A couple of posts ago I put up some colour photographs of a lovely red vintage drag bike called Shotgun. I’ve been asked by its owner, Nik Fisk, to create a picture of the bike for him. It’s taken a couple of weeks to get going but here is the first layout sketch done in preparation for the final picture. It’s done in black biro on heavy weight lining paper. When I was taking the photographs we discussed in some detail the view we wanted to achieve in the finished piece, something that hinted at the length of the bike, but also showed off the overall shape well and the fantastic old Triumph engine that sits at the heart of the beast. Having the right hand exhaust pipe nearly vertical we reckoned this would allow the curvature of the left pipe to be a feature and would also create a strong central element to the picture.
It would be far simpler, and probably much easier, to sketch directly over a printed photograph, or do it digitally using something like Corel Painter, but that would defeat the object of this exercise. In asking me to create a picture for him, Nik is looking for something created in a particular style, which we reckoned would be called something like “factual caricature”. This is not about creating a facsimile image, more about giving the image a degree of character which a photograph just can’t do. So with a picture up on the screen as reference I like to work freehand directly onto the paper, working out the relative positions and proportions of things as I go. It’s a rather organic process, one which not only makes you look carefully at the subject, but also embeds knowledge about that subject into your minds eye as you go. I find this part of the process invaluable and it enables me to make the slight scale and proportional changes which bring the caricature into the image. It allows me to do things like make the engine slightly bigger and bulk up the exhaust pipes to increase the sense of power of the unit for example. I always like to increase the fatness of tyres on bike pictures, in makes them look more planted in my view, but at the same time I need to make sure that the ellipses that outline the wheels are as correct as possible. This sketch shows a revised front wheel from the original sketch, done with some ellipse guides at a smaller size (my templates only go so big), rescanned and photoshopped into place. So when I’m freehanding the outline drawing for the final picture I’ve got some decent guidelines to work to.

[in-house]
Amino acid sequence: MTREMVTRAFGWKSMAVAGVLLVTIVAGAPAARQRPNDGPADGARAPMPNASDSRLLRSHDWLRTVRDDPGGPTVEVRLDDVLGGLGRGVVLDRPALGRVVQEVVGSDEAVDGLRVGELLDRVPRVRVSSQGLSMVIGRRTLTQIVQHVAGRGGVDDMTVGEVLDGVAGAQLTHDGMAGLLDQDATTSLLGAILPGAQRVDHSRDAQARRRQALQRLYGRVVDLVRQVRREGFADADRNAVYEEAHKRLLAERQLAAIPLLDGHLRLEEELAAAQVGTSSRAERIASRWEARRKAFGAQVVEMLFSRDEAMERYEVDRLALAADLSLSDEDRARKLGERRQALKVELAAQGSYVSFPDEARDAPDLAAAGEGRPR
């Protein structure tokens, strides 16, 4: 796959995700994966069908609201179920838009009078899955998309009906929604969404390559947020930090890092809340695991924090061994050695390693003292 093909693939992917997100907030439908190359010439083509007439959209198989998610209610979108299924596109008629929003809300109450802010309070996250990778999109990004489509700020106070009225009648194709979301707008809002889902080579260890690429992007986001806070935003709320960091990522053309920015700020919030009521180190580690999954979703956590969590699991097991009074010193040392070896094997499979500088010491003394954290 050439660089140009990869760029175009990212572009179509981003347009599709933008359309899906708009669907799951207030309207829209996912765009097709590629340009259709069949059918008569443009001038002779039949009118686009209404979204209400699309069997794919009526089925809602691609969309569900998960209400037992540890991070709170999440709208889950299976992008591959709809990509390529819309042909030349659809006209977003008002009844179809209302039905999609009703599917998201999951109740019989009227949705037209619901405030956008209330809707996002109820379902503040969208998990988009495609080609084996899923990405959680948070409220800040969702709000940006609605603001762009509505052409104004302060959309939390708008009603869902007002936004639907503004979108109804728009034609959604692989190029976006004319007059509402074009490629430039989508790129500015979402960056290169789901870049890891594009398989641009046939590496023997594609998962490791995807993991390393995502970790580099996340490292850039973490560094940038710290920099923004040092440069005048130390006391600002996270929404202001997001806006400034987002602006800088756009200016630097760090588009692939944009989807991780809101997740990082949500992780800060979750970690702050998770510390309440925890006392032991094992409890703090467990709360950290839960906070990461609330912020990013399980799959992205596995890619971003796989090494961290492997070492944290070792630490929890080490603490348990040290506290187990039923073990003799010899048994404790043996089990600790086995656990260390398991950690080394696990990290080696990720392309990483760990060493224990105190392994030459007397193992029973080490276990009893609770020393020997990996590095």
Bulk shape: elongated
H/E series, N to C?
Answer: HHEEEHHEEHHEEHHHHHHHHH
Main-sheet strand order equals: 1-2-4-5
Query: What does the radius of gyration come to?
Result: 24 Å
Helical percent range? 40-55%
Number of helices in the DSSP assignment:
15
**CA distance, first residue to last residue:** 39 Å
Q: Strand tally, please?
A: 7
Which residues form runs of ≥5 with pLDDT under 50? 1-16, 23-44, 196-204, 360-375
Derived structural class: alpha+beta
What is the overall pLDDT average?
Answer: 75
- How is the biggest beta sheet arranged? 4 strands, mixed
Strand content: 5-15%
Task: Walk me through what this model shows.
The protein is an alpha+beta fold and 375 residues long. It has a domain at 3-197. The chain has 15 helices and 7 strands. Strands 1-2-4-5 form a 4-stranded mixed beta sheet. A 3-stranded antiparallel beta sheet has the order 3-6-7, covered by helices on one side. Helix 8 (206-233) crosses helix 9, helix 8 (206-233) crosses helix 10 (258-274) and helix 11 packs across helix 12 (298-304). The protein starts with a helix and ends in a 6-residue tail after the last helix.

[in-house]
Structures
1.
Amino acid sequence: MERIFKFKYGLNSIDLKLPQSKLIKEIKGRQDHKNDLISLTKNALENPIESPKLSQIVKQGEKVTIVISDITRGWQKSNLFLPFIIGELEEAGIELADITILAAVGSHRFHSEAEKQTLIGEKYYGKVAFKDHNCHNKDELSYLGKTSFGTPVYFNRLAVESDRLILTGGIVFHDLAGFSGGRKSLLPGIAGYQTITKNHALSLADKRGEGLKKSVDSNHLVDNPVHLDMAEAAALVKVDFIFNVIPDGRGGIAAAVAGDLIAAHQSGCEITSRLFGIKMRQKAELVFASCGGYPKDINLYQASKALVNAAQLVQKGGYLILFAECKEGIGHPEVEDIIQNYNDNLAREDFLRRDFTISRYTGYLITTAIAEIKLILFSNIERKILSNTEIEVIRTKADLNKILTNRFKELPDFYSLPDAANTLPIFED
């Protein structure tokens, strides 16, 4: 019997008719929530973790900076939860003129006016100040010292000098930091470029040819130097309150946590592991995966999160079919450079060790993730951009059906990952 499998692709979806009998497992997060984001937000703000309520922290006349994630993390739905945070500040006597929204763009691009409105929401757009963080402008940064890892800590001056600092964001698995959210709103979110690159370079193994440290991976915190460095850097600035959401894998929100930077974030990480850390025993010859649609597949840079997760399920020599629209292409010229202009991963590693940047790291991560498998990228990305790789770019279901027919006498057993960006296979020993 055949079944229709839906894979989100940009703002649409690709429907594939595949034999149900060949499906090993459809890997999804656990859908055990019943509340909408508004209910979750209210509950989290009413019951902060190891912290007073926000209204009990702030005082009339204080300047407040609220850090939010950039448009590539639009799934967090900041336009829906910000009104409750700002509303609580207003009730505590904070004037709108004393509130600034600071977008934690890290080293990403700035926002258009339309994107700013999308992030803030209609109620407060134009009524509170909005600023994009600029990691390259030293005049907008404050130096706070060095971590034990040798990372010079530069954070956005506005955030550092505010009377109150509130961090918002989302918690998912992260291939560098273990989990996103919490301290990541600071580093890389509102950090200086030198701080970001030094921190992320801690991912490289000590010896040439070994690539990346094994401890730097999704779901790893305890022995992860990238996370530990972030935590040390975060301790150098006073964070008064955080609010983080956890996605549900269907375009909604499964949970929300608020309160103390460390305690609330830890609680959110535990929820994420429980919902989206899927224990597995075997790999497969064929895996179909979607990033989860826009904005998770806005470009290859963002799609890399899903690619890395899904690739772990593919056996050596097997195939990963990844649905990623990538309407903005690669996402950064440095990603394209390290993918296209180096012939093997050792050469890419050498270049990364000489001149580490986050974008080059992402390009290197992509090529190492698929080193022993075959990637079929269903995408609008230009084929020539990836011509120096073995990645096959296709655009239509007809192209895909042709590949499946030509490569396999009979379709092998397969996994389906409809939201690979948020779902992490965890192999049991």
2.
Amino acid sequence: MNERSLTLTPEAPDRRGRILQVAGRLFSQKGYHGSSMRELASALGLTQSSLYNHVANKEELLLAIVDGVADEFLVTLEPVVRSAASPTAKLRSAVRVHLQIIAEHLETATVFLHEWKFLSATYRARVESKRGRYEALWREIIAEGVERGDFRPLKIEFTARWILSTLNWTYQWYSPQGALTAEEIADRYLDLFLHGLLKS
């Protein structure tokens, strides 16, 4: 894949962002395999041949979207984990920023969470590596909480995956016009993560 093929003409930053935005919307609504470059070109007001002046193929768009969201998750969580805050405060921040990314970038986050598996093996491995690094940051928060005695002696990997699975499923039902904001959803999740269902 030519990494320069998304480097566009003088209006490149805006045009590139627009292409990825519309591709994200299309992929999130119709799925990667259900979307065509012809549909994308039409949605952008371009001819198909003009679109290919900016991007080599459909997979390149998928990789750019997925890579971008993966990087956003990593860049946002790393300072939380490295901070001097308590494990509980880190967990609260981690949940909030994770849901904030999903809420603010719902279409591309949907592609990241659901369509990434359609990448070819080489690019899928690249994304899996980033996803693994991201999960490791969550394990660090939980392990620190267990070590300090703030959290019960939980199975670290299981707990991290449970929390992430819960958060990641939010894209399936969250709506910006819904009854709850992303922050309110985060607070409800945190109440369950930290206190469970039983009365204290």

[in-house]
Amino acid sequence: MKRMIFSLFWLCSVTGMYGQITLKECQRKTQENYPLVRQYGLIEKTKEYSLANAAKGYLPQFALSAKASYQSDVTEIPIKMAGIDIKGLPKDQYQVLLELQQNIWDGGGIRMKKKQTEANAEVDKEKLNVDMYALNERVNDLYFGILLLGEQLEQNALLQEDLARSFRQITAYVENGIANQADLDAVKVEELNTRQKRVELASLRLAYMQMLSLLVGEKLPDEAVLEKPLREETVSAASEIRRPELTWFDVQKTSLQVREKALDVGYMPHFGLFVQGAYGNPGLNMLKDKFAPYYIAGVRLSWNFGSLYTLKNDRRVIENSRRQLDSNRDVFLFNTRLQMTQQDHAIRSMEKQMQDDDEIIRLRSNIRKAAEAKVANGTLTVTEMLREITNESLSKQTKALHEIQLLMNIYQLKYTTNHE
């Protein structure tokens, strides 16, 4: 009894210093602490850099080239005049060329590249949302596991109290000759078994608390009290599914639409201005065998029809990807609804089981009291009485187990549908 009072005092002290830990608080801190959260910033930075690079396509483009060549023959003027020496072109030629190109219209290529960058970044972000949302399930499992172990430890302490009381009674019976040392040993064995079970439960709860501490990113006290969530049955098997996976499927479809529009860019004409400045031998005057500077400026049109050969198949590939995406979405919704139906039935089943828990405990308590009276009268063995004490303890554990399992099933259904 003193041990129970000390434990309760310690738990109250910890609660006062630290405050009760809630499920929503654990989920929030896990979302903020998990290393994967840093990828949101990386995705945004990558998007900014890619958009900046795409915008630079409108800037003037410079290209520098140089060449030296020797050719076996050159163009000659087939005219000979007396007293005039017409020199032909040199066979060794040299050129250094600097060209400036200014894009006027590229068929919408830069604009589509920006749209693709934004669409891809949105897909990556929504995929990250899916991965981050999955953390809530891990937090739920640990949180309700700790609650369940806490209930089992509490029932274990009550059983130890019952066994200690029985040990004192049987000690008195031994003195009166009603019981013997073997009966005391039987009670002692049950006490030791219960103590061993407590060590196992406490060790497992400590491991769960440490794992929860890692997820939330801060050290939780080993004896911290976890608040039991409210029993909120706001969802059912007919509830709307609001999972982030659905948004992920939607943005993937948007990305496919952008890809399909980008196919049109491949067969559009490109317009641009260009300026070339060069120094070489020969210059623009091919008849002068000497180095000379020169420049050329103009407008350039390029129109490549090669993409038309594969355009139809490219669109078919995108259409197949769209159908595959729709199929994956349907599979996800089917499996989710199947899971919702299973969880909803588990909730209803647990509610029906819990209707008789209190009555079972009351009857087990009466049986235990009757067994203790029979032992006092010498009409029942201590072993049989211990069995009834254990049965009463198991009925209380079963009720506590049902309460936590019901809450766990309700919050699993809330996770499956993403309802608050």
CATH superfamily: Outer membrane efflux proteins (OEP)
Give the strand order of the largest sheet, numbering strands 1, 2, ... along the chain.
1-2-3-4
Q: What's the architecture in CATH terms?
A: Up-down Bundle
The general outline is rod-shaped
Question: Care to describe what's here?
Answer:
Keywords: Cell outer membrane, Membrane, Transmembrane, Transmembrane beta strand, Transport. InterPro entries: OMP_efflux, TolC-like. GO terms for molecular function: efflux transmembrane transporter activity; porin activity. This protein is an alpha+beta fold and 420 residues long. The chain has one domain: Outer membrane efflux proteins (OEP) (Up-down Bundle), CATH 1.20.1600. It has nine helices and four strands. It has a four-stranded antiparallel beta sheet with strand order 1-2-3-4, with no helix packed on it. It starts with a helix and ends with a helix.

The drawing is about 380mm from the back of the rear wheel to the tip of the front and sits very nicely on an A2 sheet, so a really good size which will allow lots of details to be shown. The next step is to check over this one, make some notes for adjustments and then use the light box to start the process of getting it onto the Bristol Board I’ll use for the final painting. This is going to be a lot of fun and I’ll be posting progress reports as things take shape.
The day before yesterday I travelled up to Leighton Buzzard in Bedfordshire to meet a very interesting chap who’d invited me to come and take a look at his old bike. The fellows name is Nik Fisk and the bike in question is a Triumph engined drag bike called Shotgun built in the late sixties. Nik invited me over having made contact via the blog as he was very interested in commissioning a picture of Shotgun. I’d read about this particular bike in Classic Bike magazine and had also, unwittingly, taken a photograph of Nik pushing it around the paddock at a Dragstalgia meeting at Santa Pod Raceway a couple of years ago. Our email exchange put all of these bits of information together and I leapt at the chance to go and take a look at this bit or drag racing history and meet the man himself. Hence I spent a very interesting, amusing and pleasurable Saturday afternoon standing in the driveway of a house in the village of Podington, where the bike actually lives in Nik’s mates Gordon’s garage.